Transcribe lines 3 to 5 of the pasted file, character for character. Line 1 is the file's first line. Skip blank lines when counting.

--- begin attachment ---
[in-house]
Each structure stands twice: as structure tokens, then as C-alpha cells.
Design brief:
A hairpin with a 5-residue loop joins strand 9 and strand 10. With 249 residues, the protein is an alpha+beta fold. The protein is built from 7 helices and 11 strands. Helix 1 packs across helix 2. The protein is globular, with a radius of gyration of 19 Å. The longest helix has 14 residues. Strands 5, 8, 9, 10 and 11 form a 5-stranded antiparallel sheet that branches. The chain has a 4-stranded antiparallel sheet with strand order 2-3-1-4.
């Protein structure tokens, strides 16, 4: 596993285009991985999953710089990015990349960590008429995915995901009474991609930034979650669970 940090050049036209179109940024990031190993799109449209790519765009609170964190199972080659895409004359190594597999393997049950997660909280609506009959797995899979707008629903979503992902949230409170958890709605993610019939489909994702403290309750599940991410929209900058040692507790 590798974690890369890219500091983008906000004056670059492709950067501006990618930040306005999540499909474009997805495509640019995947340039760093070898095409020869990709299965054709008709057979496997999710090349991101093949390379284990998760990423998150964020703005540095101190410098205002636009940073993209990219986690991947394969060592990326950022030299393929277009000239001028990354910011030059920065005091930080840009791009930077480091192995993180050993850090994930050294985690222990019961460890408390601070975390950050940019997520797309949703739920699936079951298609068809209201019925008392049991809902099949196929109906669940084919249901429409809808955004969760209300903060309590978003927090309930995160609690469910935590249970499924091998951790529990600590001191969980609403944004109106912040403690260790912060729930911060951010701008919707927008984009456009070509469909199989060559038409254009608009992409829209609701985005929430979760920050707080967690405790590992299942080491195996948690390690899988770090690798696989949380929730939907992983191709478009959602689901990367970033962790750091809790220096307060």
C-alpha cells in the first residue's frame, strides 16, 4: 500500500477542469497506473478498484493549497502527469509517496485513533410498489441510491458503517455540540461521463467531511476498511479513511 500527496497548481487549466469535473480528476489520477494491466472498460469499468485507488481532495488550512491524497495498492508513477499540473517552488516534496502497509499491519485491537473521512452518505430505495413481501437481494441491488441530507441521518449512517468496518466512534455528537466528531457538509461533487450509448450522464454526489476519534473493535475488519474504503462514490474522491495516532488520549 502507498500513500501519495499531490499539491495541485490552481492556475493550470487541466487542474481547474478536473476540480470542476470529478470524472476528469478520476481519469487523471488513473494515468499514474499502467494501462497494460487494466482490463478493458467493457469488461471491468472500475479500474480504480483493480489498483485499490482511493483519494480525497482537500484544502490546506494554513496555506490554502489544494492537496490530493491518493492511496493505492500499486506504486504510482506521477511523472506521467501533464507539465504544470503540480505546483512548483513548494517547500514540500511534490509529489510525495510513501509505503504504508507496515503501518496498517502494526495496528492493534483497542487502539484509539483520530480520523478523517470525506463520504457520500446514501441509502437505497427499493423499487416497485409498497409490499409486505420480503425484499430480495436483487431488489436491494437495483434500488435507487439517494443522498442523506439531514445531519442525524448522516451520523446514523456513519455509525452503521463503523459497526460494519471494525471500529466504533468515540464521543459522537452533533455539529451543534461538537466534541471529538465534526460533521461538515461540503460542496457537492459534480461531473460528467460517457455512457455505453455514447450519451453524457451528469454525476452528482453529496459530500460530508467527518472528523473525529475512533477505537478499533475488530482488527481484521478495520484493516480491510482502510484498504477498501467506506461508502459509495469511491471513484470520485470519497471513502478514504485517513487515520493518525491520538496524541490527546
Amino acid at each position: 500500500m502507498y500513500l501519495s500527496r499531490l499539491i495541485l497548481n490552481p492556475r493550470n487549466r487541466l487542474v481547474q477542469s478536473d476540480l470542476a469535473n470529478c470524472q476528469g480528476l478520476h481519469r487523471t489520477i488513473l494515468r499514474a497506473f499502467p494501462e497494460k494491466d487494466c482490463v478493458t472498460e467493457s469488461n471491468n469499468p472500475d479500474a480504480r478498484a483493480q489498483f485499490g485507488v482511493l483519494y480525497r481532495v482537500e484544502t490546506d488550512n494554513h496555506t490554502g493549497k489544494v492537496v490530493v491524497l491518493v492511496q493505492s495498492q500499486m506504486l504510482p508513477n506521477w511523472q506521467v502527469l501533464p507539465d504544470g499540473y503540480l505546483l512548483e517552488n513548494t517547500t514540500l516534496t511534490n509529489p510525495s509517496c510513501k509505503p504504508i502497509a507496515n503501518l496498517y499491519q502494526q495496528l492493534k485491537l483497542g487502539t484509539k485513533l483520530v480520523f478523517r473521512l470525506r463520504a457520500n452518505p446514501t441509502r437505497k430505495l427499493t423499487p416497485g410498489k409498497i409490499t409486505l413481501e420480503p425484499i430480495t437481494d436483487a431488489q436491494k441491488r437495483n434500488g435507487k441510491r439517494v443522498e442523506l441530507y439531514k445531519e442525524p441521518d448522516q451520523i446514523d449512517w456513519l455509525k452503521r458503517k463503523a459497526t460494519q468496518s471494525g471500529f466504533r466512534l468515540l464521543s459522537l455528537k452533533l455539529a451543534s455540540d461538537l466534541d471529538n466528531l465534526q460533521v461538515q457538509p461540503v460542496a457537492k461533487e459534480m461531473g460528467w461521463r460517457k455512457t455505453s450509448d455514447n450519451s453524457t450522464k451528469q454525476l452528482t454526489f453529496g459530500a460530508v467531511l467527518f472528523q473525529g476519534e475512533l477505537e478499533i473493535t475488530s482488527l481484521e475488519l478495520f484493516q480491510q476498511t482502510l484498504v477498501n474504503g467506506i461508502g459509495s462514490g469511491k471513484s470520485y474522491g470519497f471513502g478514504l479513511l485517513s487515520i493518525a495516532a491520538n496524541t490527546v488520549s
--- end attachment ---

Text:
Design brief:
A hairpin with a 5-residue loop joins strand 9 and strand 10. With 249 residues, the protein is an alpha+beta fold. The protein is built from 7 helices and 11 strands. Helix 1 packs across helix 2. The protein is globular, with a radius of gyration of 19 Å. The longest helix has 14 residues. Strands 5, 8, 9, 10 and 11 form a 5-stranded antiparallel sheet that branches. The chain has a 4-stranded antiparallel sheet with strand order 2-3-1-4.
């Protein structure tokens, strides 16, 4: 596993285009991985999953710089990015990349960590008429995915995901009474991609930034979650669970 940090050049036209179109940024990031190993799109449209790519765009609170964190199972080659895409004359190594597999393997049950997660909280609506009959797995899979707008629903979503992902949230409170958890709605993610019939489909994702403290309750599940991410929209900058040692507790 590798974690890369890219500091983008906000004056670059492709950067501006990618930040306005999540499909474009997805495509640019995947340039760093070898095409020869990709299965054709008709057979496997999710090349991101093949390379284990998760990423998150964020703005540095101190410098205002636009940073993209990219986690991947394969060592990326950022030299393929277009000239001028990354910011030059920065005091930080840009791009930077480091192995993180050993850090994930050294985690222990019961460890408390601070975390950050940019997520797309949703739920699936079951298609068809209201019925008392049991809902099949196929109906669940084919249901429409809808955004969760209300903060309590978003927090309930995160609690469910935590249970499924091998951790529990600590001191969980609403944004109106912040403690260790912060729930911060951010701008919707927008984009456009070509469909199989060559038409254009608009992409829209609701985005929430979760920050707080967690405790590992299942080491195996948690390690899988770090690798696989949380929730939907992983191709478009959602689901990367970033962790750091809790220096307060």